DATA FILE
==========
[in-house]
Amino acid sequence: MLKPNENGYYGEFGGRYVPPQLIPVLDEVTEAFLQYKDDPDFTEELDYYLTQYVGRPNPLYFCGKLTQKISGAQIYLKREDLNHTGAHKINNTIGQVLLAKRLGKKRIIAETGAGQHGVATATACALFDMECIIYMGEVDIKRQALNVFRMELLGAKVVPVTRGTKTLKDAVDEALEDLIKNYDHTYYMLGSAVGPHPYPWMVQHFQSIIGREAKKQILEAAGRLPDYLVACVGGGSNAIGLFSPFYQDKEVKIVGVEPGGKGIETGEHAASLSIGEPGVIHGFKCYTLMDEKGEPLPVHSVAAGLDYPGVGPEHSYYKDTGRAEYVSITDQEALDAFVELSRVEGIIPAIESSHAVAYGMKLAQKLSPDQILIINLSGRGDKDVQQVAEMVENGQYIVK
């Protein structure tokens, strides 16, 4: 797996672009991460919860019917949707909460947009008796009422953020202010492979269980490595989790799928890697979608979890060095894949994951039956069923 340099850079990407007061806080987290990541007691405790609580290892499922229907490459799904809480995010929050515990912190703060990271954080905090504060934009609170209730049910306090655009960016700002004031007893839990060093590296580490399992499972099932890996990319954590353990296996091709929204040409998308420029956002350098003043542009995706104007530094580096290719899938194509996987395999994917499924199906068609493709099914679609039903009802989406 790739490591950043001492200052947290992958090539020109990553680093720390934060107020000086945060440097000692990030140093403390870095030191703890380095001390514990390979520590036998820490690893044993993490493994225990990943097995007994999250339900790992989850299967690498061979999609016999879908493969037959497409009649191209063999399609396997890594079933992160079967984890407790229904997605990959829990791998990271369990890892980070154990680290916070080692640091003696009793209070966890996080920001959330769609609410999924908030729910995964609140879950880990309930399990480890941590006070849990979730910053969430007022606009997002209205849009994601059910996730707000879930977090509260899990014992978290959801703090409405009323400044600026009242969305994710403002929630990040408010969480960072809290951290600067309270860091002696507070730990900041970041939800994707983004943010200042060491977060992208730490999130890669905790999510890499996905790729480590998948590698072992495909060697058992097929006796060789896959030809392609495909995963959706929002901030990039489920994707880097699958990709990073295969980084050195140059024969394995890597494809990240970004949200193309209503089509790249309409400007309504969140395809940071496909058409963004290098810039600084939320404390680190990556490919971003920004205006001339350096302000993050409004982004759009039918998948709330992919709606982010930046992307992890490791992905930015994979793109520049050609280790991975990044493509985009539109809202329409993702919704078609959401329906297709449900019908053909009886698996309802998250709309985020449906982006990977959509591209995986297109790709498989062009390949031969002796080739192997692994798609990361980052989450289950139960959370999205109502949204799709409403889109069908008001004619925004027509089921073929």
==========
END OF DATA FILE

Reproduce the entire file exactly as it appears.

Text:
[in-house]
Amino acid sequence: MLKPNENGYYGEFGGRYVPPQLIPVLDEVTEAFLQYKDDPDFTEELDYYLTQYVGRPNPLYFCGKLTQKISGAQIYLKREDLNHTGAHKINNTIGQVLLAKRLGKKRIIAETGAGQHGVATATACALFDMECIIYMGEVDIKRQALNVFRMELLGAKVVPVTRGTKTLKDAVDEALEDLIKNYDHTYYMLGSAVGPHPYPWMVQHFQSIIGREAKKQILEAAGRLPDYLVACVGGGSNAIGLFSPFYQDKEVKIVGVEPGGKGIETGEHAASLSIGEPGVIHGFKCYTLMDEKGEPLPVHSVAAGLDYPGVGPEHSYYKDTGRAEYVSITDQEALDAFVELSRVEGIIPAIESSHAVAYGMKLAQKLSPDQILIINLSGRGDKDVQQVAEMVENGQYIVK
């Protein structure tokens, strides 16, 4: 797996672009991460919860019917949707909460947009008796009422953020202010492979269980490595989790799928890697979608979890060095894949994951039956069923 340099850079990407007061806080987290990541007691405790609580290892499922229907490459799904809480995010929050515990912190703060990271954080905090504060934009609170209730049910306090655009960016700002004031007893839990060093590296580490399992499972099932890996990319954590353990296996091709929204040409998308420029956002350098003043542009995706104007530094580096290719899938194509996987395999994917499924199906068609493709099914679609039903009802989406 790739490591950043001492200052947290992958090539020109990553680093720390934060107020000086945060440097000692990030140093403390870095030191703890380095001390514990390979520590036998820490690893044993993490493994225990990943097995007994999250339900790992989850299967690498061979999609016999879908493969037959497409009649191209063999399609396997890594079933992160079967984890407790229904997605990959829990791998990271369990890892980070154990680290916070080692640091003696009793209070966890996080920001959330769609609410999924908030729910995964609140879950880990309930399990480890941590006070849990979730910053969430007022606009997002209205849009994601059910996730707000879930977090509260899990014992978290959801703090409405009323400044600026009242969305994710403002929630990040408010969480960072809290951290600067309270860091002696507070730990900041970041939800994707983004943010200042060491977060992208730490999130890669905790999510890499996905790729480590998948590698072992495909060697058992097929006796060789896959030809392609495909995963959706929002901030990039489920994707880097699958990709990073295969980084050195140059024969394995890597494809990240970004949200193309209503089509790249309409400007309504969140395809940071496909058409963004290098810039600084939320404390680190990556490919971003920004205006001339350096302000993050409004982004759009039918998948709330992919709606982010930046992307992890490791992905930015994979793109520049050609280790991975990044493509985009539109809202329409993702919704078609959401329906297709449900019908053909009886698996309802998250709309985020449906982006990977959509591209995986297109790709498989062009390949031969002796080739192997692994798609990361980052989450289950139960959370999205109502949204799709409403889109069908008001004619925004027509089921073929």